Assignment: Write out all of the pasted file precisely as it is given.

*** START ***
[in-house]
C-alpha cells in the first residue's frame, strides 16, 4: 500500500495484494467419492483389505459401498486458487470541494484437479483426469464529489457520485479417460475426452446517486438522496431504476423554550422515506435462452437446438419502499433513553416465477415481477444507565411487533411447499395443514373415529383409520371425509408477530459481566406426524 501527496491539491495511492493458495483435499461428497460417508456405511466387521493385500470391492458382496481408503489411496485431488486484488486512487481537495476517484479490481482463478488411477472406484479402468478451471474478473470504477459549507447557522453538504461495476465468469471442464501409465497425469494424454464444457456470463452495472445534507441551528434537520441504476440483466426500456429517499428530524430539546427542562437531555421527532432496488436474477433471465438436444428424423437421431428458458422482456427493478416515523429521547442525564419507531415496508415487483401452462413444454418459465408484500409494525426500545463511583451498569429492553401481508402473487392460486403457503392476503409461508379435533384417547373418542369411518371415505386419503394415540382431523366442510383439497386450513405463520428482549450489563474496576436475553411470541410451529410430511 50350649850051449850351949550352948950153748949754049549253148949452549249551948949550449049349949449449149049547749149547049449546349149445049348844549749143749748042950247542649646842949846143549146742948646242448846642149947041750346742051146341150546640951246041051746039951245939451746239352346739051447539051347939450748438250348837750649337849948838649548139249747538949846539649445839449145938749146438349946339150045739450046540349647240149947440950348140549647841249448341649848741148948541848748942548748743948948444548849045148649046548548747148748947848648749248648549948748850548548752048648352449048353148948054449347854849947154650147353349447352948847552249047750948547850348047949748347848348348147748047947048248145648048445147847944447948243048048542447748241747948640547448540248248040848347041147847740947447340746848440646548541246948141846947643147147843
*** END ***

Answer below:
[in-house]
C-alpha cells in the first residue's frame, strides 16, 4: 500500500495484494467419492483389505459401498486458487470541494484437479483426469464529489457520485479417460475426452446517486438522496431504476423554550422515506435462452437446438419502499433513553416465477415481477444507565411487533411447499395443514373415529383409520371425509408477530459481566406426524 501527496491539491495511492493458495483435499461428497460417508456405511466387521493385500470391492458382496481408503489411496485431488486484488486512487481537495476517484479490481482463478488411477472406484479402468478451471474478473470504477459549507447557522453538504461495476465468469471442464501409465497425469494424454464444457456470463452495472445534507441551528434537520441504476440483466426500456429517499428530524430539546427542562437531555421527532432496488436474477433471465438436444428424423437421431428458458422482456427493478416515523429521547442525564419507531415496508415487483401452462413444454418459465408484500409494525426500545463511583451498569429492553401481508402473487392460486403457503392476503409461508379435533384417547373418542369411518371415505386419503394415540382431523366442510383439497386450513405463520428482549450489563474496576436475553411470541410451529410430511 50350649850051449850351949550352948950153748949754049549253148949452549249551948949550449049349949449449149049547749149547049449546349149445049348844549749143749748042950247542649646842949846143549146742948646242448846642149947041750346742051146341150546640951246041051746039951245939451746239352346739051447539051347939450748438250348837750649337849948838649548139249747538949846539649445839449145938749146438349946339150045739450046540349647240149947440950348140549647841249448341649848741148948541848748942548748743948948444548849045148649046548548747148748947848648749248648549948748850548548752048648352449048353148948054449347854849947154650147353349447352948847552249047750948547850348047949748347848348348147748047947048248145648048445147847944447948243048048542447748241747948640547448540248248040848347041147847740947447340746848440646548541246948141846947643147147843